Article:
Another mild day. And a good day for a drive. I had to run an errand in St. Albans. It took some time away from the keyboard, but then again it forced me to clear my mind for a few moments.
Over the past year, someone put up four windmills on a small hill between Fairfax and St. Albans. It is always a delight to see these graceful giants. I know there is much controversy around this type of contraption, but this does not take anything away from their beauty… although I realize the word beauty may not be agreeable to everyone either.
When I see these, I think of Roderick and I smile. He was so fascinated by alternative means of living and producing energy. I can easily imagine how he would have reacted to seeing them for the first time during one of our drives.
He would have changed our heading immediately, to take a road in their direction instead, and he would have looked for someone to speak with. Roderick could approach anyone that way. He was simply, genuinely interested in what people were up to.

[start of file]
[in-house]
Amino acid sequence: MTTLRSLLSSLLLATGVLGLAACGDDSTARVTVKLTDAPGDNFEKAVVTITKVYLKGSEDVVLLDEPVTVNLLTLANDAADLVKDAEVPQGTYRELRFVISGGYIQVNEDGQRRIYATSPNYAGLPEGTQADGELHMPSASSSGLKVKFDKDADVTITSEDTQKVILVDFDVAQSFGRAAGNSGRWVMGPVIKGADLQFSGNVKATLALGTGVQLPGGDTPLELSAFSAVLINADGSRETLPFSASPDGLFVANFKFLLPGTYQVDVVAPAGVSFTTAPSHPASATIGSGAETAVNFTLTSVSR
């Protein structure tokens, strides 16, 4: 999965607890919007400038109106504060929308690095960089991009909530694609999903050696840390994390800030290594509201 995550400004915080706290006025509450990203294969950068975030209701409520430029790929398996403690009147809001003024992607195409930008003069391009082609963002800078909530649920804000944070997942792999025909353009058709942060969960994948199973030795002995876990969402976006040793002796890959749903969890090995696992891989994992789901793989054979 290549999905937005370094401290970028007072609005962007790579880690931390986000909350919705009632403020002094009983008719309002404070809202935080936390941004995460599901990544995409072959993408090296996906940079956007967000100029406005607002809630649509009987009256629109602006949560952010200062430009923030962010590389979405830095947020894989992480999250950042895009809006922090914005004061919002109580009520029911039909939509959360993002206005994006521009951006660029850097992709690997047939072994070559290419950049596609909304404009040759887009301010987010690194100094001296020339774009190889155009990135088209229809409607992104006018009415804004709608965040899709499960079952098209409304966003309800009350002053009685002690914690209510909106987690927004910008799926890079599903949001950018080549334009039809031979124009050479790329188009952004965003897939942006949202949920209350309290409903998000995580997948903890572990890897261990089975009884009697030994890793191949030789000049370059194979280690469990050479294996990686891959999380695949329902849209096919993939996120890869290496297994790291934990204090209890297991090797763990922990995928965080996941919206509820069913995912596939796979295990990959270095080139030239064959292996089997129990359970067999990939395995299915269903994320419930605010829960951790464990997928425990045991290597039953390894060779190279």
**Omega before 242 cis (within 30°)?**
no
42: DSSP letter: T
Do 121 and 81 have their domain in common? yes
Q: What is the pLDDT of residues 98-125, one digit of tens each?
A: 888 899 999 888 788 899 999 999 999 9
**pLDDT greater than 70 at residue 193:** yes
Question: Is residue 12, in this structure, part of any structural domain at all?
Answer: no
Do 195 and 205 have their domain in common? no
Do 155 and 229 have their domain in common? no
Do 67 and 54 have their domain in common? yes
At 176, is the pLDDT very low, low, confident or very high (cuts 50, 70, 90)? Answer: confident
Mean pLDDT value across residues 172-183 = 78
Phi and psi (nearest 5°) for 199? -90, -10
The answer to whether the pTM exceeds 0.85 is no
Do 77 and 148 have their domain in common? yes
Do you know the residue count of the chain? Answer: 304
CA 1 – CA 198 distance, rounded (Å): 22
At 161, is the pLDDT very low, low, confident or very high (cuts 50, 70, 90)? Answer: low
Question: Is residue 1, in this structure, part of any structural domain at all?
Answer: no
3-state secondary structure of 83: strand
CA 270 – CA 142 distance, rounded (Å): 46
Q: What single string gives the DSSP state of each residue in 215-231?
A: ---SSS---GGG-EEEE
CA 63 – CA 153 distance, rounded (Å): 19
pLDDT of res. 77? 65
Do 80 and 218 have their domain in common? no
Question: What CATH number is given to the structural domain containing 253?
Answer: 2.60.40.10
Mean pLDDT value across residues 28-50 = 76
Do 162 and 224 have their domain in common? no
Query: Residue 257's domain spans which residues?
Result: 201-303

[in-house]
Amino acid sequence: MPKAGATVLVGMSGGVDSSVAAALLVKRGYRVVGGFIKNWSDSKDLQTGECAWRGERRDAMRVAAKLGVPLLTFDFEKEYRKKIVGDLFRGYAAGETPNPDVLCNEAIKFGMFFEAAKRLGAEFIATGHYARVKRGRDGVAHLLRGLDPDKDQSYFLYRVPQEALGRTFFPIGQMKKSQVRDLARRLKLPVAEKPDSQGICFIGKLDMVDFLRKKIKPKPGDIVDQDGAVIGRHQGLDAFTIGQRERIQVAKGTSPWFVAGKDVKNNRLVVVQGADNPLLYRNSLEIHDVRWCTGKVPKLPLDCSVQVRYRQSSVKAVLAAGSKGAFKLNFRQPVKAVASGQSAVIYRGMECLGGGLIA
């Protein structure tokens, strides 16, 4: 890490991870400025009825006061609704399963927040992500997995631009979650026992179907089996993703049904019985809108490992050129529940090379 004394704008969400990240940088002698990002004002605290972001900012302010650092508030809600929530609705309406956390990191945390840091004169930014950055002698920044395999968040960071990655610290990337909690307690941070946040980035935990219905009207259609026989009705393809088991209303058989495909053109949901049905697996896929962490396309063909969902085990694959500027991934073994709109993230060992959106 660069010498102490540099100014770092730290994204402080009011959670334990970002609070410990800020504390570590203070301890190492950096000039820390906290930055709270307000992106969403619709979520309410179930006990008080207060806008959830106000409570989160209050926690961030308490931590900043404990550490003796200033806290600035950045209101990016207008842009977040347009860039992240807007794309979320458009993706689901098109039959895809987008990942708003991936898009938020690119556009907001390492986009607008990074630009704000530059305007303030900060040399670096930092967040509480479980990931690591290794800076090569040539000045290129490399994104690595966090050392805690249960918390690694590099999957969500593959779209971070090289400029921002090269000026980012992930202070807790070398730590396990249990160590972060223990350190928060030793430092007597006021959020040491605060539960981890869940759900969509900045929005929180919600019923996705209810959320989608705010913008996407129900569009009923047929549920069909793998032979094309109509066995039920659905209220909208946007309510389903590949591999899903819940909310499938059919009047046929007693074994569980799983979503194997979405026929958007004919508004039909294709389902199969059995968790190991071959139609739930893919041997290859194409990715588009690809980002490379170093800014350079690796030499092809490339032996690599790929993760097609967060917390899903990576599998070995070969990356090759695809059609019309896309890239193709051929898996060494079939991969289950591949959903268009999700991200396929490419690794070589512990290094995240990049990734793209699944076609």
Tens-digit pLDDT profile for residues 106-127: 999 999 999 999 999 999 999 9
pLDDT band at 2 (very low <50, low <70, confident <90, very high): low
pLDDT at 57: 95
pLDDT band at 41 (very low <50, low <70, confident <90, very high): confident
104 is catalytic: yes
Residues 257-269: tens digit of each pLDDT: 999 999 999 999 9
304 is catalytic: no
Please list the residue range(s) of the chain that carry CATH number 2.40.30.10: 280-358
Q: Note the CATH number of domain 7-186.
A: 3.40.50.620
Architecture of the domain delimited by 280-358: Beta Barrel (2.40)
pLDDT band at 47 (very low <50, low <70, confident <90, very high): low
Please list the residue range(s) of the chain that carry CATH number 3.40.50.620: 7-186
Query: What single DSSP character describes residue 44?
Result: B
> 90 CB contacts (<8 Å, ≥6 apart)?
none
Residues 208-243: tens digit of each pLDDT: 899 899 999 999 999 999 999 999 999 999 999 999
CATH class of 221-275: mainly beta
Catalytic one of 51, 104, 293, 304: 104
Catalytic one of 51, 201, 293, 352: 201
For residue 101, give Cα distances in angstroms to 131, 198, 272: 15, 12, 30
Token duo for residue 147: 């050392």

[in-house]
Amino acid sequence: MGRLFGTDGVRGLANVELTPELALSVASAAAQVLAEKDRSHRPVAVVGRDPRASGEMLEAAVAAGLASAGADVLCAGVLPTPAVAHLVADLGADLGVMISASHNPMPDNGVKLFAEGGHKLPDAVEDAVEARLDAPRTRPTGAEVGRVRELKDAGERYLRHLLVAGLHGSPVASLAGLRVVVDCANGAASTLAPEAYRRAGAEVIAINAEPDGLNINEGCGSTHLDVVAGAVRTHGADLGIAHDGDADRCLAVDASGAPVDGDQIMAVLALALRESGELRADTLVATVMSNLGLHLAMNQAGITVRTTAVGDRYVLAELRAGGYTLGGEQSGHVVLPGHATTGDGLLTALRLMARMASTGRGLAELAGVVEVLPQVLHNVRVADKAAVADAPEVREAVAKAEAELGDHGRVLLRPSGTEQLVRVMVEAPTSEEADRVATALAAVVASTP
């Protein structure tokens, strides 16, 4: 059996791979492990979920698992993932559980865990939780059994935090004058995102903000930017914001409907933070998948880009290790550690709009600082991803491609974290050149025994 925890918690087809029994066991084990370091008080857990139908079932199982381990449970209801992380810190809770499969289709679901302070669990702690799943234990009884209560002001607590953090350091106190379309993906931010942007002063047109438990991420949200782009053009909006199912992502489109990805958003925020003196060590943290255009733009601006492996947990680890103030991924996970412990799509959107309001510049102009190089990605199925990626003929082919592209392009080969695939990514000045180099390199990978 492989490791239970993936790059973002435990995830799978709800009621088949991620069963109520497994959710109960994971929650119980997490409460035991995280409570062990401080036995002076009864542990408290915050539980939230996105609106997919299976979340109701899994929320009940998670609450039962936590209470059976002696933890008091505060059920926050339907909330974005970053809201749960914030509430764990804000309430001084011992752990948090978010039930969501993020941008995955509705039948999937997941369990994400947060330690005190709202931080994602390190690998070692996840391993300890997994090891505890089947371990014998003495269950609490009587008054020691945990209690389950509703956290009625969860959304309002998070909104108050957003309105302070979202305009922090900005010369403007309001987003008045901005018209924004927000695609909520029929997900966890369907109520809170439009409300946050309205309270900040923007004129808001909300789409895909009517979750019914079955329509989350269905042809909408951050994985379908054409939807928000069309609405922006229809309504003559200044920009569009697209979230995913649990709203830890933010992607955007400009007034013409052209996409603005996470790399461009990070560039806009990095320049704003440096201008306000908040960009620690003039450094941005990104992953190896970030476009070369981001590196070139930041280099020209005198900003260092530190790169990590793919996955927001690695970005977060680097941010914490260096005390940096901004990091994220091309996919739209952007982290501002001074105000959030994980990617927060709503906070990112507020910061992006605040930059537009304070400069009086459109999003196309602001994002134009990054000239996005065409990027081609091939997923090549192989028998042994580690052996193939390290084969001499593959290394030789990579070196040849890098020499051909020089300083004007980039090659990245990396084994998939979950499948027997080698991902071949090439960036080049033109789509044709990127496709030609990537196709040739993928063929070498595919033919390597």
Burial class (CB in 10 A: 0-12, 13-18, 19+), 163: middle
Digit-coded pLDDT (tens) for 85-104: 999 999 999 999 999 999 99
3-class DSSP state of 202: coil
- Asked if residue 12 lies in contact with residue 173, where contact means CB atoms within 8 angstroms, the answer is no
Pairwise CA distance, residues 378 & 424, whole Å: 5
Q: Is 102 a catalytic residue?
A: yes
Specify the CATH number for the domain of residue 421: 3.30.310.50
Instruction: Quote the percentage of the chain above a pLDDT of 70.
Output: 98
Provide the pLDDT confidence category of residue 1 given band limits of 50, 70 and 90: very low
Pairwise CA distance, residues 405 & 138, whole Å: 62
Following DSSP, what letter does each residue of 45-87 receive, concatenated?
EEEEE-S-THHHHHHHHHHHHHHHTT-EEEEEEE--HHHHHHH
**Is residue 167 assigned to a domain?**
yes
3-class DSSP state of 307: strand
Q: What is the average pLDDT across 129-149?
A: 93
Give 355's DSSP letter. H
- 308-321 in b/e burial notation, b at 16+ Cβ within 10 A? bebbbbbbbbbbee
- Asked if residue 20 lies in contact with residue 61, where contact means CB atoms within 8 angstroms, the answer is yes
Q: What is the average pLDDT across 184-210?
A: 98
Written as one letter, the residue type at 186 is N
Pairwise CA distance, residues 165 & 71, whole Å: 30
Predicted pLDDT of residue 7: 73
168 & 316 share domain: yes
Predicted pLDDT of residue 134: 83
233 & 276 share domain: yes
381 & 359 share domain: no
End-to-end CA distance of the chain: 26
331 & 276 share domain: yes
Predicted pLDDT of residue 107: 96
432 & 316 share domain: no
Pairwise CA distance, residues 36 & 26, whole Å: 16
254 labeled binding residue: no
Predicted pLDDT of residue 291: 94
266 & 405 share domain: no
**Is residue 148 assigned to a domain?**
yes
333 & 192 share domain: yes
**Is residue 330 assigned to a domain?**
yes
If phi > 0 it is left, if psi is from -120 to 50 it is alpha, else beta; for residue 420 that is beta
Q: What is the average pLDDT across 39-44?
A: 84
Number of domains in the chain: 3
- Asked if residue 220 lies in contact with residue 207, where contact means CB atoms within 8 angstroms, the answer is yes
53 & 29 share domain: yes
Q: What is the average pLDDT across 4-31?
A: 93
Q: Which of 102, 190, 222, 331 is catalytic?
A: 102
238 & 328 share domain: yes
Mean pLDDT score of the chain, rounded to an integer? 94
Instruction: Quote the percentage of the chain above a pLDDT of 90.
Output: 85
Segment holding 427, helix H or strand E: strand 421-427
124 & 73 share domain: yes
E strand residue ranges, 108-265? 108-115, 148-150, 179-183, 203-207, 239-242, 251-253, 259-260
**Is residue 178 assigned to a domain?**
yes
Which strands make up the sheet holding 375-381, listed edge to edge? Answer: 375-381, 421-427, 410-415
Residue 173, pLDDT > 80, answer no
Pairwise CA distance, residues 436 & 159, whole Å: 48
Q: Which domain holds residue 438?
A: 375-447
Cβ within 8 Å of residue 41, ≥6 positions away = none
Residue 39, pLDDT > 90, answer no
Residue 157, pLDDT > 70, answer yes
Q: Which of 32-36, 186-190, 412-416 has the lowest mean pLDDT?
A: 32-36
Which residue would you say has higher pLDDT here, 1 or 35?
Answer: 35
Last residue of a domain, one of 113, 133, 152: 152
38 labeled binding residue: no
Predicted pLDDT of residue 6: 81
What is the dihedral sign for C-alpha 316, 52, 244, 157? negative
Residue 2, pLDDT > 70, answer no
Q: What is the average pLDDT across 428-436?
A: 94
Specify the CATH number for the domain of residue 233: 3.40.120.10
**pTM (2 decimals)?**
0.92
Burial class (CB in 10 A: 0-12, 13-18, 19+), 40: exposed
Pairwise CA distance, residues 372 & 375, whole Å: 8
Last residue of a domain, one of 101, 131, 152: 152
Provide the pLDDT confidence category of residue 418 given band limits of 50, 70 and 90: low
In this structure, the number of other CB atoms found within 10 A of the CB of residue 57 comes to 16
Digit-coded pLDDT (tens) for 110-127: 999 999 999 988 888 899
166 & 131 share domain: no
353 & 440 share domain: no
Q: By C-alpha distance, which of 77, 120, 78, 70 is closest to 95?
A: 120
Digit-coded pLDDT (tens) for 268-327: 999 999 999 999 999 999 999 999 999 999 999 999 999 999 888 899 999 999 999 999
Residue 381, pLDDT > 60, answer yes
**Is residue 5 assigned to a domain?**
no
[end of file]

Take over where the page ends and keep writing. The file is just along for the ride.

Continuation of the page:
While in Texas, we came upon two ridges featuring row upon row of windmills, turning gently on the horizon. Roderick immediately found his way to the base of the facility, which was clearly marked “Private,” but as usual they let him right in. Standing at the foot of these giants was mesmerizing. And he was so happy in that instant.
Now I realize that he had a great capacity for awe in spite of his struggles with depression. I do not believe my sense of awe is anywhere as defined as his was. I experience joy, but awe? Rarely. Except when I experienced it through him.
Then again, there is a good lesson here. Awe did not descend upon him out of thin air. He found his way to it; he took the turns in the road that lead to exploration. I confess that I have not expanded my horizons much in quite a while. This gives me much to ponder.
Perhaps that brief look at the windmills as I drive by now and again is enough. It is a glimpse, a nudge that connects me to a sense of wonder. Sometimes, all that is required is to walk away from the task at hand, or go for a short, unexpected drive. All that is required is a detour.